- Crumbed tiles or bricks with lime mainly in sea constructions (Dilos, Rodos villa of Hellenistic period).
- Various other materials, like ashes (Kortis in Arkadia prefecture), iron waste ( Athens market), lead oxide (Lavrio).
It seems that Romans from 300 BC got this knowledge probably from the Greeks residing in the Greek colonies in Italy, and developed it to a great extent both towards lime mortars (aerated mortars) as well as towards the use of a mixture of lime and volcanic soil (hydraulic mortars). Volcanic soil was being supplied from the village Pozzuoli close to Vesuvius. This village gave the name «pozzolan» to volcanic materials but also to technical materials with approximately the same properties (several fly ashes – silicate material finer than 70 µ ) which are widely used today (Pozzolanic cement – pozzolanic chemical reaction). One of the first important works of Romans is the ancient theater of Pompeii accommodating 20000 spectators (in 75 BC). Numerous works which are admirable from both technical and architectural perspective, follow, like Coliseum (82 BC), Pantheon (123 BC) and several water reservoirs, like the one in the city of Nimes in France (150 AD).
Worth mentioning is the written text which describes the preparation of this ancient cement and belongs to Vitruvius in 13 BC. In the text, directions are given to architects for the preparation of a mortar which «sets both in the air and in water».
It is also well known that Romans used to add sometimes various materials to «concrete» to improve its properties. These materials can be considered as «forerunners» of the «chemical additives» used today. For instance, they used blood the action of which is similar to the one of air entraining agents (materials which import air into concrete aiming to improve its resistance to frost action and to increase its workability).
Of interest is the addition of horse hair during the mixing process, «forerunner» material of the plastic and steel fibers used today (fiber reinforced concrete).
In medieval times there is no development.
The first fundamental step for the creation of cement in the form it is used today could be attributed to the english engineer John Smeaton in the middle of 1700 's AD. To this engineer was assigned the construction of a lighthouse close to Plymouth, which had previously made out of wood and had been destroyed twice, initially from fire and then from a storm. It became evident that the lighthouse should be constructed with stones but the small distance from the sea and the delay of setting and hardening of the lime mortars did not allow a safe construction. Smeaton started investigating the various materials and came to the conclusion that lime mortars with lime which has been produced from the burning of limestone containing clay (silica and alumina) could set both in the air as well as –more importantly - in water. This observation is considered to be the first essential step for the production of cement in the form in which it is produced today. Similar developments of that period refer to France and are attributed to Vicat and Lesage. There also exist other «inventions» with respective patent diplomas, like the «Roman cement» of the parish priest James Parker. The most systematic preparation of cement is attributed to the English engineer Joseph Aspdin who gave to the material (and obtained a patent diploma) the name which is also used today, « Portland cement». This name was given because the color of hardened cement was very similar to the color of rocks in Portland . Today (in the installations of a British Cement Industry) one of the stone kilns which was used by William, Aspdin's son, to produce cement is still preserved.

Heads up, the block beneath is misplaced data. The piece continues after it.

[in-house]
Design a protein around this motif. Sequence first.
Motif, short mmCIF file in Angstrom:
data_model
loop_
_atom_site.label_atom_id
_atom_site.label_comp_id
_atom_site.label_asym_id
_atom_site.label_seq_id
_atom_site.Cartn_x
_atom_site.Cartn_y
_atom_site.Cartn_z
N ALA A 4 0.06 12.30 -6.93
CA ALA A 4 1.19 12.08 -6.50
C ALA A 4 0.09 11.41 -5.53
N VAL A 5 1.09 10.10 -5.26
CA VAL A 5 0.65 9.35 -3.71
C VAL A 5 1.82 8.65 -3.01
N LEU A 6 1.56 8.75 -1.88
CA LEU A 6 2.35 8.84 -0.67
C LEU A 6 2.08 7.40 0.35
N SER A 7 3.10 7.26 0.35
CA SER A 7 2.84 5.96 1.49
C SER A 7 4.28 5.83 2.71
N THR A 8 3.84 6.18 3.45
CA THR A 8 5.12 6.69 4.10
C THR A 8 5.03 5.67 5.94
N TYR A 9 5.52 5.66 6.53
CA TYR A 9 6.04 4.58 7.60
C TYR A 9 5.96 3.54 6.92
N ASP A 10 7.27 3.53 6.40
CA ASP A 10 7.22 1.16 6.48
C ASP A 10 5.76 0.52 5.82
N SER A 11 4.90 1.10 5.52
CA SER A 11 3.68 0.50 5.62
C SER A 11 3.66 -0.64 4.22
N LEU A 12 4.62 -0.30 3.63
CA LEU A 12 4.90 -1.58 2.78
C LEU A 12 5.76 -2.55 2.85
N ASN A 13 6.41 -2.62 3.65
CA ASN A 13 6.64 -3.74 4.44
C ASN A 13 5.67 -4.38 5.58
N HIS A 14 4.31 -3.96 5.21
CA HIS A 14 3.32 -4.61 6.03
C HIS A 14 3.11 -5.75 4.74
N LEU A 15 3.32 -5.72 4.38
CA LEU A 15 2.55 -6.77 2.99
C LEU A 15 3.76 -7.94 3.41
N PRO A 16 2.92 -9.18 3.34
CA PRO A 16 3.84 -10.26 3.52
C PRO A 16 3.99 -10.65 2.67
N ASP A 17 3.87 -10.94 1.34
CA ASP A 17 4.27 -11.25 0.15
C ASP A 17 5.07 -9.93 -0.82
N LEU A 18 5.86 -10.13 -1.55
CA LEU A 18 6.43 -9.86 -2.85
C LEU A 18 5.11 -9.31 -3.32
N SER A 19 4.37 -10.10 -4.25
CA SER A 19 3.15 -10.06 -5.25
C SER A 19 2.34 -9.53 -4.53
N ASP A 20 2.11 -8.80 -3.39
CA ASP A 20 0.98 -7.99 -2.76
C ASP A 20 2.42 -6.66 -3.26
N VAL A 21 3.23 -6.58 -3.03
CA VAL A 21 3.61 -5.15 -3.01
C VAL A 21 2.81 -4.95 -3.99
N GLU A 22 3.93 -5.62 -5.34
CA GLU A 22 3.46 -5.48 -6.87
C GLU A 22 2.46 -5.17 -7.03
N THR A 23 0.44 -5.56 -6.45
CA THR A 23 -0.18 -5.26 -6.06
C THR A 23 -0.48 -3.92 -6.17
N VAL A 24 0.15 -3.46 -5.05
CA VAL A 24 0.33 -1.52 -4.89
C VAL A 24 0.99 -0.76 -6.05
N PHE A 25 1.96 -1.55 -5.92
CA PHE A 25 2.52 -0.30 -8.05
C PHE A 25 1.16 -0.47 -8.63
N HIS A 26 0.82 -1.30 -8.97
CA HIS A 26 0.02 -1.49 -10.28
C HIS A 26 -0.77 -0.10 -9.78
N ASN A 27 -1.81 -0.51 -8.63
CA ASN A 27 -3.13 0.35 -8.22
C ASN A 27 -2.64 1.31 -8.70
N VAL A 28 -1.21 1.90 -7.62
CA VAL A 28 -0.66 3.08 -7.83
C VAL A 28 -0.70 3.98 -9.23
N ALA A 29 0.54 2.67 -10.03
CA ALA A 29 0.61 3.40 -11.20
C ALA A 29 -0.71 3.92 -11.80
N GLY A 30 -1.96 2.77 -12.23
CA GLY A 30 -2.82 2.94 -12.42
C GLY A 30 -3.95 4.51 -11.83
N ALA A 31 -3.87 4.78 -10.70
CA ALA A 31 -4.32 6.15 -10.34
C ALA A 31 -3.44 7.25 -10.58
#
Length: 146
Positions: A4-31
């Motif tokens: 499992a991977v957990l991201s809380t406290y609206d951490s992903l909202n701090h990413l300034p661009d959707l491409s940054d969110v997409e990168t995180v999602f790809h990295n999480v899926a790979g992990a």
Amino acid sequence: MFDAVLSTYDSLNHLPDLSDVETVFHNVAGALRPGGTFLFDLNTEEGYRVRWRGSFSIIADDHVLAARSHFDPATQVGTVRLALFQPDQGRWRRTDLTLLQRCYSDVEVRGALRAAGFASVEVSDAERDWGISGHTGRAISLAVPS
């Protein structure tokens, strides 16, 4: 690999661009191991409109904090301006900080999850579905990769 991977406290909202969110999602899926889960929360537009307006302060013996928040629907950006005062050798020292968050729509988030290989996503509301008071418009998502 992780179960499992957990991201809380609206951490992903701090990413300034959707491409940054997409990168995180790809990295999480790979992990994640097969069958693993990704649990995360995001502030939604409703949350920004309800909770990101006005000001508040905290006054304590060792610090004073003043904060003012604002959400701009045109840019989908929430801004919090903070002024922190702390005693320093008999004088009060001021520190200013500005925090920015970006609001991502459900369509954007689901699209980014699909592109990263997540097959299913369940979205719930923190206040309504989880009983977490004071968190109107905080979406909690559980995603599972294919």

Since then, cement production spread throughout the world and continuously evolved so as to reach the contemporary development stage.
Today more than 1,5 b. tons of cement are annually produced worldwide, and the concrete which is produced from the cement exceeds 10 b. tons making cement and concrete one of the most important structural materials of our era. This has been accomplished following a number of significant developments having taken place within the last 80-100 years. The major ones are the combination of steel with concrete to form reinforced concrete capable to undertake tensile stresses, the introduction of pre-stressing steels, the use of fibers, non-metallic reinforcement, chemical admixtures (especially the high-range water reducers-superplasticizers) and very fine materials (pozolans).
Today concrete can be produced with compressive strength exceeding 200 Mpa. Furthermore, it is feasible to produce concrete with predetermined properties (low strength, high durability, self-compacting, absorbing NOx from the atmosphere).